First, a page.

Sequel an important outlet for students


by Grant Rodgers

Times are changing for print media everywhere, but for Sequel, Simpson College’s student-led literary magazine, times are good.

Last year was a year of innovation for the 66-year-old magazine, which is distributed throughout campus in April. Led by Editor-in-Chief Travis Williams, Sequel got a newer, more professional look and began printing on recyclable, environmentally friendly paper.

“As far as we’ve heard, we’ve been given a lot of compliments,” Williams said. “We’re collecting the voice of Simpson College.”

The move to printing on sustainable paper was a proud accomplishment for Williams, and the group hopes to continue printing Sequel using the paper. However, with a freeze to the college’s student activities fund causing Student Government Association – which funds Sequel and other student groups – to tighten its belt, there may be a hitch in the plan.

At its Sept. 26 meeting, SGA voted to fund Sequel $4,000, around $2,000 less than the group originally asked for. The decrease in funding could be the difference between using the recycled paper, which is more expensive, and having to return to the less-sustainable alternative.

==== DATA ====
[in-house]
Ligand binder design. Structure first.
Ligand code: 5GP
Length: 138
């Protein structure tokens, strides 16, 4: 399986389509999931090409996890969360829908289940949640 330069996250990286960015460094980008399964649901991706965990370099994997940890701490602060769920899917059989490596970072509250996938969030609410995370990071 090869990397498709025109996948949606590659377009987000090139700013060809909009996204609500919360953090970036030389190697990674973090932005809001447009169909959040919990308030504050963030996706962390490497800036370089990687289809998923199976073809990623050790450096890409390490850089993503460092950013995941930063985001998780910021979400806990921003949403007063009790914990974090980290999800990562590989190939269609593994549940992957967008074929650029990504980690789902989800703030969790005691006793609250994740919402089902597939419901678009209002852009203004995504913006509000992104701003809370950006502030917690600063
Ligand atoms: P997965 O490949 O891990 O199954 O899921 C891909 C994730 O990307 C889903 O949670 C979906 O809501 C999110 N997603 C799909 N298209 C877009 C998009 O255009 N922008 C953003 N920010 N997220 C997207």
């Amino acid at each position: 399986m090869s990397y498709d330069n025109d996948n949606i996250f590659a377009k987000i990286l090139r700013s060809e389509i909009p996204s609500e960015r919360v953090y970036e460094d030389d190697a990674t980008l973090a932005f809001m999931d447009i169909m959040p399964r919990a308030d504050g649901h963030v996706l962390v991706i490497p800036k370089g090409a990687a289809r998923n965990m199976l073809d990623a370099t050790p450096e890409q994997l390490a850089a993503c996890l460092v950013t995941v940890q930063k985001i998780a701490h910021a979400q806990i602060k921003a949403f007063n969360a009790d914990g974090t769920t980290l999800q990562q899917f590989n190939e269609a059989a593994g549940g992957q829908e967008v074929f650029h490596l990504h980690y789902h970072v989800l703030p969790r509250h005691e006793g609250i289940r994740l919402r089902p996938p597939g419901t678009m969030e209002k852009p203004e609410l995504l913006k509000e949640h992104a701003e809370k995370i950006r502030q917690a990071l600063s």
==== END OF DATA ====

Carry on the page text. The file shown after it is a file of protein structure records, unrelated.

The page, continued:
If printed on the recycled paper, circulation would have to drop to around 350 copies, as opposed to the 550 copies printed last year, said David Wolf, Sequel adviser and assistant professor of English. The group had already cut circulation, so it’s a tough trade-off to weigh, he said.

“I think the organization will revisit whether we’re even going to go environmentally friendly,” Wolfe said. “I think circulation is important.”

Another frustrating aspect, Williams said, is that he began looking at using the paper last year after it was recommended to the group by an SGA member when they requested funding.

It’s understandable that SGA is forced to make difficult budget decisions this year. But when a group has worked hard to improve over the year and follow SGA direction, it’s unfortunate to see funding slashed and its efforts at sustainability curtailed.

The decision to lower the budget comes amid a greater conversation amongst SGA representatives about its role in funding Sequel and other academically focused student groups. A main SGA concern has been that copies of the magazine aren’t picked up or widely read by students.

It’s a valid concern, but one that overlooks many benefits of the magazine. Last year, Sequel featured around 50 entries from students, faculty and staff.

Students in majors from English to biology submitted their work to Sequel. Antonio Reyes, who is co-editor this year, says it best:

“It’s not an English department thing, it’s a Simpson college organization,” he told SGA at the meeting.

Sequel is a rich part of Simpson tradition and an important outlet for a student body that values liberal arts. It’s positive to see SGA’s support for the group, which receives no funding from the English department. But discussions on the topic occur annually.

Though it can be tough to judge the full value, it’s important that students and student body representatives take part in and stand up for the literature and art that Sequel brings to campus.